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Latino Migration Politics in Chicago from the 1930s to the 1970s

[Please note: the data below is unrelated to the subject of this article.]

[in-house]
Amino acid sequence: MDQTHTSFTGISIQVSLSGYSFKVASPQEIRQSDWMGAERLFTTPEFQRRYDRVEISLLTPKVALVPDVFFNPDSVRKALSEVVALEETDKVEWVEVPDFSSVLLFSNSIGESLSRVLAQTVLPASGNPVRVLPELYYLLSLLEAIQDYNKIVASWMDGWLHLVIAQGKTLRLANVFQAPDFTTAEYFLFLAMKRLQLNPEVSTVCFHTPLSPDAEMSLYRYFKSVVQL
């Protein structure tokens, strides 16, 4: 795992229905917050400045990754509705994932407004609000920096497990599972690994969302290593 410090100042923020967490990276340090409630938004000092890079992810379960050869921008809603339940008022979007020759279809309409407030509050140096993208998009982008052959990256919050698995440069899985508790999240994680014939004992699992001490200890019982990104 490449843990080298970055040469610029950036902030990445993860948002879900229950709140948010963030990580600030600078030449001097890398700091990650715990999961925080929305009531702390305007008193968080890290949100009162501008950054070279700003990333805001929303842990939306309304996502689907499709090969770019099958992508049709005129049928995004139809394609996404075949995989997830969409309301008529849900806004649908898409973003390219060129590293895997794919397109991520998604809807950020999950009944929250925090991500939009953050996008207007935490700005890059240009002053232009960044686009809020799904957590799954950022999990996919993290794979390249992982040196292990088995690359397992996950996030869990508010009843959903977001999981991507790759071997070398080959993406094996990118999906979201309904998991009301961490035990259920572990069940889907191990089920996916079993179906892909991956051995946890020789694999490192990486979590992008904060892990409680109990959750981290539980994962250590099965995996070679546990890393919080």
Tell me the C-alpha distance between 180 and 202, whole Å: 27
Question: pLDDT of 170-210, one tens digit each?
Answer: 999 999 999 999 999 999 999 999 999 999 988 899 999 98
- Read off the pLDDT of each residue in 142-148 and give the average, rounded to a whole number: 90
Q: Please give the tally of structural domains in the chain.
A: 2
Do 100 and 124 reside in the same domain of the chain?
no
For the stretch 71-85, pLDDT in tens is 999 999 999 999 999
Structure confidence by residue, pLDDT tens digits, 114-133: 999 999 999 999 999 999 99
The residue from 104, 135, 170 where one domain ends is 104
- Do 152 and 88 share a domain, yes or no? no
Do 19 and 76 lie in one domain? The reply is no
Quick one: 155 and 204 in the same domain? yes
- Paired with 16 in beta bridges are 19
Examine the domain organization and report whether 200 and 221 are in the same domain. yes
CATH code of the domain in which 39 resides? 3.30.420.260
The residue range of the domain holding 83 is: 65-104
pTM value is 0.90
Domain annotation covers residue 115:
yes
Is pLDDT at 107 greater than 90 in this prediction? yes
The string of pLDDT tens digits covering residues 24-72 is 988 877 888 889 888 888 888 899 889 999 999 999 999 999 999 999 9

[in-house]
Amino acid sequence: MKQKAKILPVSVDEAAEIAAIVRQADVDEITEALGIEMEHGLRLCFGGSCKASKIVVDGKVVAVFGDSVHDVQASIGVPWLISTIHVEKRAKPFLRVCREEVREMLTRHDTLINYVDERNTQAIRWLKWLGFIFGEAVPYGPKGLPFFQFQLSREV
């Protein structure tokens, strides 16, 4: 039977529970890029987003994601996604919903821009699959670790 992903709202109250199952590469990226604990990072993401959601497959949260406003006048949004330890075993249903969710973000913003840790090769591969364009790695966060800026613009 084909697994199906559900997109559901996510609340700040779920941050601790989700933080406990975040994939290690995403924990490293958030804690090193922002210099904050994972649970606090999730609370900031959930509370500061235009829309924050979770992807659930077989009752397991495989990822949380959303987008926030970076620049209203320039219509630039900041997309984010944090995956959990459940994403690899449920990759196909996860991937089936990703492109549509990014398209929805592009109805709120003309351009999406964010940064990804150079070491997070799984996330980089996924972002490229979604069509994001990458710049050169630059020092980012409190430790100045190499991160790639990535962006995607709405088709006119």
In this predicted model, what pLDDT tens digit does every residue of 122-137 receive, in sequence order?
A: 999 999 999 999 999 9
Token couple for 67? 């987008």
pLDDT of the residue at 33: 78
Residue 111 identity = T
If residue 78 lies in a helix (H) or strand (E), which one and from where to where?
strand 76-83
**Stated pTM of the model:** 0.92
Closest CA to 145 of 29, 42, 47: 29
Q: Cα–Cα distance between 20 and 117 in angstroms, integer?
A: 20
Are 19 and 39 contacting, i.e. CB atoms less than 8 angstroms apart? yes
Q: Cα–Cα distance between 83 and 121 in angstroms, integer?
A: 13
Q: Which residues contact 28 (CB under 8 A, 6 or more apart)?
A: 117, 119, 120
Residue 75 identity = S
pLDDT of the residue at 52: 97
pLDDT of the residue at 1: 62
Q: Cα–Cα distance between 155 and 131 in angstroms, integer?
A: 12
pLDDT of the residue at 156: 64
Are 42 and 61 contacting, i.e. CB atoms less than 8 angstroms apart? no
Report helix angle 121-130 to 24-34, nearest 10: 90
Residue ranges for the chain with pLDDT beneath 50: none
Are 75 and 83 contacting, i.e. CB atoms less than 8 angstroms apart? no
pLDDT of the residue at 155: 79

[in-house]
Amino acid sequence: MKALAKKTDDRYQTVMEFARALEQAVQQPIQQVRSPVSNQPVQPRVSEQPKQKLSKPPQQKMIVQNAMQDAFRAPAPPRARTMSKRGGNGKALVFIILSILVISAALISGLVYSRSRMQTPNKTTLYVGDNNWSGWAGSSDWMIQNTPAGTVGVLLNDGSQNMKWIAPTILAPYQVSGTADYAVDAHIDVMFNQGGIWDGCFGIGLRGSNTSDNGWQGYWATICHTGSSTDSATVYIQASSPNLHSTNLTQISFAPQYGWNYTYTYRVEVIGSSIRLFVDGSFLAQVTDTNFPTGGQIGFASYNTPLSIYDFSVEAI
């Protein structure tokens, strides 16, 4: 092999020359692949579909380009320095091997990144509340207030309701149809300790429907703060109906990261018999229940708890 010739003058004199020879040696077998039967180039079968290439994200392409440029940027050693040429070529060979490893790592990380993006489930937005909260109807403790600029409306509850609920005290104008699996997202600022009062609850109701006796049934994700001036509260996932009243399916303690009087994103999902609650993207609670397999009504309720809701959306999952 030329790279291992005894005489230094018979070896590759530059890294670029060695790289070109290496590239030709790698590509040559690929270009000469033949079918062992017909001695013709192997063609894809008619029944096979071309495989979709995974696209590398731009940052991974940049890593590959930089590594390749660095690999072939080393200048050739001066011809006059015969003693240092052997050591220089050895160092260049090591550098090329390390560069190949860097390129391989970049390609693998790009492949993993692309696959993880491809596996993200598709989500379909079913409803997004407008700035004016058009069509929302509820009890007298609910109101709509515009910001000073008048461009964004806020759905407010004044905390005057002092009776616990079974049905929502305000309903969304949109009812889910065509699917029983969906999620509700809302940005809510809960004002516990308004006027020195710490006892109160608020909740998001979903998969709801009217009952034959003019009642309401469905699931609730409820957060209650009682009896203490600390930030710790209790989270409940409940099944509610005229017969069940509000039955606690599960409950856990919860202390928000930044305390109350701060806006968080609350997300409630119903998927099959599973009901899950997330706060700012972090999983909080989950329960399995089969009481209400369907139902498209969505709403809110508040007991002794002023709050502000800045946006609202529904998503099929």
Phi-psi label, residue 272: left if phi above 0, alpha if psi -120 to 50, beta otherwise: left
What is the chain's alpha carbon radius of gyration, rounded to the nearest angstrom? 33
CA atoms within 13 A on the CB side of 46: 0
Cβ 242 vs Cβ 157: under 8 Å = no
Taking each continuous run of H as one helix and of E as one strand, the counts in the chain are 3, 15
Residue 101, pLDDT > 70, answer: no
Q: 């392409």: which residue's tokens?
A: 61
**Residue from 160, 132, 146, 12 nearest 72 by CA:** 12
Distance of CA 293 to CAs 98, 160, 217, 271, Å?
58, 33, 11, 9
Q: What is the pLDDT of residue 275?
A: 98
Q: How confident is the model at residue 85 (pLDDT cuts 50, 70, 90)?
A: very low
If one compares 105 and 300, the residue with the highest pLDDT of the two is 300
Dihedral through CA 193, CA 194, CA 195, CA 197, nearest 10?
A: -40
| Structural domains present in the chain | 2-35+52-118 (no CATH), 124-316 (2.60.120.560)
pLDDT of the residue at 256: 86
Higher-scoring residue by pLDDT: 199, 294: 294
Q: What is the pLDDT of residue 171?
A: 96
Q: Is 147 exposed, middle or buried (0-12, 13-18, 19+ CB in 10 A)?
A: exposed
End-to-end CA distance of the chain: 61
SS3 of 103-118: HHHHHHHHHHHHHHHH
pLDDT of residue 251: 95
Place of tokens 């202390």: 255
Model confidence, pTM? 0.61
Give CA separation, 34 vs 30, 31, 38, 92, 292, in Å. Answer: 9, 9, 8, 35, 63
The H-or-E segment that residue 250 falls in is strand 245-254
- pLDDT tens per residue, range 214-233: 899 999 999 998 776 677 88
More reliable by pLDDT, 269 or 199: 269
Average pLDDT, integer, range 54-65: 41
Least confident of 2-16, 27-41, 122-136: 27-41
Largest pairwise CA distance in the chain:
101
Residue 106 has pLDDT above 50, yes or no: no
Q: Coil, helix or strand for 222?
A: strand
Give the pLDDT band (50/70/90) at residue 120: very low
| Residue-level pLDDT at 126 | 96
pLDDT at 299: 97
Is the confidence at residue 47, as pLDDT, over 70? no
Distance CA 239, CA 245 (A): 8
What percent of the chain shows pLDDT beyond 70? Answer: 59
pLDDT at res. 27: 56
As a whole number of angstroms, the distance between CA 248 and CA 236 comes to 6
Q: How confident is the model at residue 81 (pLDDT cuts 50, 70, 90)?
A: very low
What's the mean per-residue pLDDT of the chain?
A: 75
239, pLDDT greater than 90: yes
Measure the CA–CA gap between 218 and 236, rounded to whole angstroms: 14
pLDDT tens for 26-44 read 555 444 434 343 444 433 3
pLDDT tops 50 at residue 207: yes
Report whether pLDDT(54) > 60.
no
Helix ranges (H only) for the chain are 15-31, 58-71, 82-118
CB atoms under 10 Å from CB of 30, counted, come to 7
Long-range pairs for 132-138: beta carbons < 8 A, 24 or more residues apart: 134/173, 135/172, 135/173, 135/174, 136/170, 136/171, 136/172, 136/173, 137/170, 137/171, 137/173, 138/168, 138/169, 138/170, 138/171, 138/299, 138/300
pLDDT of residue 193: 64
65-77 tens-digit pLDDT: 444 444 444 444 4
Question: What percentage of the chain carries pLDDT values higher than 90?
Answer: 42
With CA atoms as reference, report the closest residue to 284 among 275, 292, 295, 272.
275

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This study examines how Latino migration politics developed in Chicago from the 1930s to the 1970s. Although scholars usually identify the emergence of Latino immigration activism in the 1960s and predominantly in the region of the Southwest with the farm workers movement, this study argues that immigration activism began much earlier in the Midwest from the 1930s onwards in settlement houses and expanded with local and state reformers. I examine Latino migration politics in three stages: settlement activism, local and state activism, and community activism. This framework of activism at the local and state levels is unique since most scholarship associates the contest over immigration reform at the national level, centering on issues of immigration enforcement and nationality requirements. Activists and social reformers shared an agenda in favor of Latino immigrants’ rights, which consisted of making their contribution visible as Chicago’s workers and as community members. Social reformers and immigrant rights activists formed a civic front that incorporated different reform agendas at local and state levels, focusing on urban, social, and community reforms. Consequently, the city’s Latino social reformers created a diverse agenda that aimed to improve the social conditions of immigrants, an intricate part of the story of immigrant rights in Chicago. I used archival material to document Latino migration politics with the work of social organization and Illinois state reformers, such as the Immigration Protective League, Northwestern University Settlement, Spanish Speaking Peoples Commission, the Illinois Migrant Council, Latino Institute, and Mujeres Latinas in Acción. Altogether, these reformers crafted immigration right activism in Illinois. They expanded an advocacy model that goes beyond the more traditional assimilation framework that centered on naturalization programs, but in a broader model that helped them gain employment and specialized needs like bilingual education and programs for immigrant women.

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